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In a race for federal jobs, military spouses get a “leg up” on the competition

August 14th, 2009  |  Lucas Otto

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Of all human powers operating on the affairs of mankind, none is
greater than that of competition.

-Henry Clay

If open competition is king, then under new guidelines issued by the Office of Personnel Management, those spouses of active-duty service members may have just had the pool of competition drained a bit. Well, maybe not exactly, but under these new rules, effective September 11, 2009, issued by the Obama administration (and first initiated by the Bush administration), federal agencies will soon be able to hire military spouses by allowing them to “bypass” traditional hiring procedures for many open federal positions.

Certainly, no one would begrudge anyone for making life easier for military spouses whose wives or husbands are serving our country. Yet, with a down economy and high unemployment, those open government jobs may have just gotten a little more difficult to get. Now to be fair, these new hiring rules merely allow eligible spouses to apply for federal jobs with the option of asking recruiters to allow them to bypass the traditional hiring process—an option most are, without a doubt, certain to avail themselves of.

However, with a growing population of unemployed, and programs already in place that provide preference to some military groups (i.e., veterans’ preference), does this program simply create a “spouses preference” that just shrinks, rather than encourages, competition for open federal jobs? Michael Maloney, head of OPM’s staffing group, denied such a preference was being created on Federal News Radio, and stated further that:

[i]t provides hiring managers with an option. They’re just another source of applicants they can consider when filling those jobs. There’s no requirement that they use this authority, or that jobs are set aside for these individuals. With respect to the issue of a “preference” or an “advantage,” a “preference” is giving points to veterans in examination, or rules that you can’t pick non-veterans before considering veterans. This isn’t that; it’s just another way to consider these individuals, and it’s completely discretionary with the agencies.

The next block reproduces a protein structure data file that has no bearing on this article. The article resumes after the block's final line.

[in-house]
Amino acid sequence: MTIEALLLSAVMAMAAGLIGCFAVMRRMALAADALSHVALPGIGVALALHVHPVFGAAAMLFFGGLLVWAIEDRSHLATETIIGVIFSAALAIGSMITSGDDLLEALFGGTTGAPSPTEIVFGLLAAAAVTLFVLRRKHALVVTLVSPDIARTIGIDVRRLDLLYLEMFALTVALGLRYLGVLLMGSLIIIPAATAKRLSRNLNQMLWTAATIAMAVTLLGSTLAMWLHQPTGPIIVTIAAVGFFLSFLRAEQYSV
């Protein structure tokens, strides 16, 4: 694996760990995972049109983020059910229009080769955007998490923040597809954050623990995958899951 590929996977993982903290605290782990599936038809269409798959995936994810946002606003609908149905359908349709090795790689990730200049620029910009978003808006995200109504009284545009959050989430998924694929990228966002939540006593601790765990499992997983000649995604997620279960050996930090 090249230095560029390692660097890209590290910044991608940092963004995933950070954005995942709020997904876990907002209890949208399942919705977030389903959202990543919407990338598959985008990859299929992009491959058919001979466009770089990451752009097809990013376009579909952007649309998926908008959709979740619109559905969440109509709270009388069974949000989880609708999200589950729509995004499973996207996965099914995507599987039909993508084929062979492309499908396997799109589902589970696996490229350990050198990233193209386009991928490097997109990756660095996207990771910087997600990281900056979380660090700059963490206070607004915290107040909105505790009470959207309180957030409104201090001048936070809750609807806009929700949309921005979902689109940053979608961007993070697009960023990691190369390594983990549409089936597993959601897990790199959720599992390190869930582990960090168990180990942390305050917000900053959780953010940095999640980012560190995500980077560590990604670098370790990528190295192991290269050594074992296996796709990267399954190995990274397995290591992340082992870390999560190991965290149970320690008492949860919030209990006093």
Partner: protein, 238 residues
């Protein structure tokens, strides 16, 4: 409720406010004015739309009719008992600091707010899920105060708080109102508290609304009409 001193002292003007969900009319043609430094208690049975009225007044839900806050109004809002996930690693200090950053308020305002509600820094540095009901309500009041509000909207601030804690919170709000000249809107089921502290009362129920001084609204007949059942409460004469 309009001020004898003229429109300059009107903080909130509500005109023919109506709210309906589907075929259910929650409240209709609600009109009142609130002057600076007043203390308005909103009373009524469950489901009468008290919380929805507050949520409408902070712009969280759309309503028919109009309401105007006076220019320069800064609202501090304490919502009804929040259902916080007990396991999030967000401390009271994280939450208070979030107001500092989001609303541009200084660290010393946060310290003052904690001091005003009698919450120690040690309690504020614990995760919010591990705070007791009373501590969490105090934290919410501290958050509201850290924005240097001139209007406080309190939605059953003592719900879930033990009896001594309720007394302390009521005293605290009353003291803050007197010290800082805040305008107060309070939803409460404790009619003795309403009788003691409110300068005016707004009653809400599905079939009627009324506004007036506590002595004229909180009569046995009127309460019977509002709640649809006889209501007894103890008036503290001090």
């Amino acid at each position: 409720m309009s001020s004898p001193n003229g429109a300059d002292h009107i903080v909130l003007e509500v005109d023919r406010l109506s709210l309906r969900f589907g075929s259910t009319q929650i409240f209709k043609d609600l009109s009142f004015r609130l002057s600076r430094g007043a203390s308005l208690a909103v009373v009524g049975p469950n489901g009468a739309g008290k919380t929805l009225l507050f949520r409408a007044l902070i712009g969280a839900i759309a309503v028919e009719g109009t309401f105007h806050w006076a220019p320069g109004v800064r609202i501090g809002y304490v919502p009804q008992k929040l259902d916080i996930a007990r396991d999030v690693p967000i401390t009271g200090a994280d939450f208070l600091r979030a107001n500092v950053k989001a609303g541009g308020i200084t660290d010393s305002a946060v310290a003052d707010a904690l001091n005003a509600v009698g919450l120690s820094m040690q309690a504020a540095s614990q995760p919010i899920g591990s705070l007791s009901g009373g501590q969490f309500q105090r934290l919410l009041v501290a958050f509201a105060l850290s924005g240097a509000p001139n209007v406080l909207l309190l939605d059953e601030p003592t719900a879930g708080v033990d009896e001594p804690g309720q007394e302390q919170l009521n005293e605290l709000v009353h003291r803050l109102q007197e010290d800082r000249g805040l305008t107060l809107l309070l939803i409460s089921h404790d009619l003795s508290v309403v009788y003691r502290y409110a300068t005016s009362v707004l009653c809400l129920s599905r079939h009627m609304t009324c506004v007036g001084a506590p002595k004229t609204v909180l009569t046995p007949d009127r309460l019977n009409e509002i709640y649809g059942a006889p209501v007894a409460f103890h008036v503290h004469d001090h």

And OPM Director John Berry said in a statement that “[t]his family-friendly policy provides employment opportunities from individuals and a measure of economic stability to military families who must deal with a multitude of issues arising from one spouse serving their country [.]” Nevertheless, with nearly half a million active service members married, this could potentially create a situation where thousands of spouses could find it much easier to get a federal job. One could argue that there are already loopholes that make getting jobs easier for some than others, i.e., knowing someone or having more education, but those aren’t federally mandated situations.

Yet, when you are talking about the biggest employer in the United States making something easier, even when it is for a group as honorable as military spouses, that just makes things a little tougher for the “average Joe or Jane” who is still out there looking for a job. It’s a question of, with all these military spouses, all this unemployment, and only so many federal jobs available, will an “open competition” for some federal jobs simply be among military spouses?